SubjectsSubjects(version: 837)
Course, academic year 2018/2019
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Flows, Paths and Cuts - NDMI067
Title in English: Toky, cesty a řezy
Guaranteed by: Department of Applied Mathematics (32-KAM)
Faculty: Faculty of Mathematics and Physics
Actual: from 2018
Semester: winter
E-Credits: 3
Hours per week, examination: winter s.:2/0 Ex [hours/week]
Capacity: unlimited
Min. number of students: unlimited
State of the course: not taught
Language: Czech, English
Teaching methods: full-time
Guarantor: doc. Mgr. Petr Kolman, Ph.D.
Class: Informatika Mgr. - Diskrétní modely a algoritmy
Classification: Informatics > Discrete Mathematics
Annotation -
Last update: T_KAM (21.04.2016)
Multicommodity flows genaralize in a natural way the classical flow problem: instead of just a single source- destination pair, there are several such pairs but there is still just one network and all flows must fit in it. Multicommodity flows and their dual cut problems are extremely useful in the design of approximation algorithms for many different graph problems. The lecture will provide an overview of the most important result in this area. The course is taught once in two years.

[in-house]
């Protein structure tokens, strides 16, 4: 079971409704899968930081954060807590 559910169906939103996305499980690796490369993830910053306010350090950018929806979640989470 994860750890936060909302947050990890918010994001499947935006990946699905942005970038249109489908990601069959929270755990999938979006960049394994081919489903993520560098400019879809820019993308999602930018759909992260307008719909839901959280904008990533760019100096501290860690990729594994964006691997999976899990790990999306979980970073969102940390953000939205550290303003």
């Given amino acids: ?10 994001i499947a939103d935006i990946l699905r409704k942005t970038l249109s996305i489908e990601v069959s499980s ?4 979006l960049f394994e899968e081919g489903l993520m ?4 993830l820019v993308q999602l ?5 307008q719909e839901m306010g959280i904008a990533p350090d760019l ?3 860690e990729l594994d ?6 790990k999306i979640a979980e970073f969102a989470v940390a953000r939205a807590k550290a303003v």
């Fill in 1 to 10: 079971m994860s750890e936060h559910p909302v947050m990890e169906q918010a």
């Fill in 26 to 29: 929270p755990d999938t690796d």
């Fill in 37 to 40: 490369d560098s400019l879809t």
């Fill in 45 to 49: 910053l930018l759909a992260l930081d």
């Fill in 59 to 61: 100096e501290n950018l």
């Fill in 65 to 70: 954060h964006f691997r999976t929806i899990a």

Course completion requirements -
Last update: doc. Mgr. Petr Kolman, Ph.D. (12.10.2017)

The exam is oral. The requirements correspond to the syllabus as covered by the lectures.

Literature -
Last update: doc. Mgr. Petr Kolman, Ph.D. (12.10.2017)

[1] D. P. Williamson, D. B. Shmoys: The Design of Approximation Algorithms, http://www.designofapproxalgs.com/book.pdf (available online)

[2] V. Vazirani: Approximation Algorithms

Syllabus -
Last update: G_I (08.06.2007)

Multicommodity flows are a natural generalization of the classical flow: instead of just a single source-sink pair, there are k such pairs. The objective is (e.g.) to maximize the sum of the flows for all k commodities subject to the capacity constraints. The multicommodity flows and their dual cut problems received a lot of attention in the last decade. The aim of the lecture is present the most important results from this area and to demonstrate on them general approaches useful for design of approximation algorithms for NP-hard problems.

 
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